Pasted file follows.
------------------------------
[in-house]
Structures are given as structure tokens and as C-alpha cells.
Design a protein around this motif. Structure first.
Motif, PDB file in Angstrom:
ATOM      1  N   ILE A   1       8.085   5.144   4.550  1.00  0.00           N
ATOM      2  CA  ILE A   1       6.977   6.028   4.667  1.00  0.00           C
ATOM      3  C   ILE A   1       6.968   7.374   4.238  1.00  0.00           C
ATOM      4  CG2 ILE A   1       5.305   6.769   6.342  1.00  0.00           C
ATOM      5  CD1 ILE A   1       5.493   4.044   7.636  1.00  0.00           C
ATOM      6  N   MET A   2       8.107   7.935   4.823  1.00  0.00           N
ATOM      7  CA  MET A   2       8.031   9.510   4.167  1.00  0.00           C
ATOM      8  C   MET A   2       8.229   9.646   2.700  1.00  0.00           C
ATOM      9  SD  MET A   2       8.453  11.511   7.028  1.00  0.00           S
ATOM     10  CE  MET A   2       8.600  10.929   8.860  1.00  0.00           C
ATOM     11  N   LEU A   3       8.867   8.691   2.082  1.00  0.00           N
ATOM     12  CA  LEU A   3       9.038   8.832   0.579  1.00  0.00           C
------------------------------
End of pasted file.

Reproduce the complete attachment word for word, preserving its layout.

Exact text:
[in-house]
Structures are given as structure tokens and as C-alpha cells.
Design a protein around this motif. Structure first.
Motif, PDB file in Angstrom:
ATOM      1  N   ILE A   1       8.085   5.144   4.550  1.00  0.00           N
ATOM      2  CA  ILE A   1       6.977   6.028   4.667  1.00  0.00           C
ATOM      3  C   ILE A   1       6.968   7.374   4.238  1.00  0.00           C
ATOM      4  CG2 ILE A   1       5.305   6.769   6.342  1.00  0.00           C
ATOM      5  CD1 ILE A   1       5.493   4.044   7.636  1.00  0.00           C
ATOM      6  N   MET A   2       8.107   7.935   4.823  1.00  0.00           N
ATOM      7  CA  MET A   2       8.031   9.510   4.167  1.00  0.00           C
ATOM      8  C   MET A   2       8.229   9.646   2.700  1.00  0.00           C
ATOM      9  SD  MET A   2       8.453  11.511   7.028  1.00  0.00           S
ATOM     10  CE  MET A   2       8.600  10.929   8.860  1.00  0.00           C
ATOM     11  N   LEU A   3       8.867   8.691   2.082  1.00  0.00           N
ATOM     12  CA  LEU A   3       9.038   8.832   0.579  1.00  0.00           C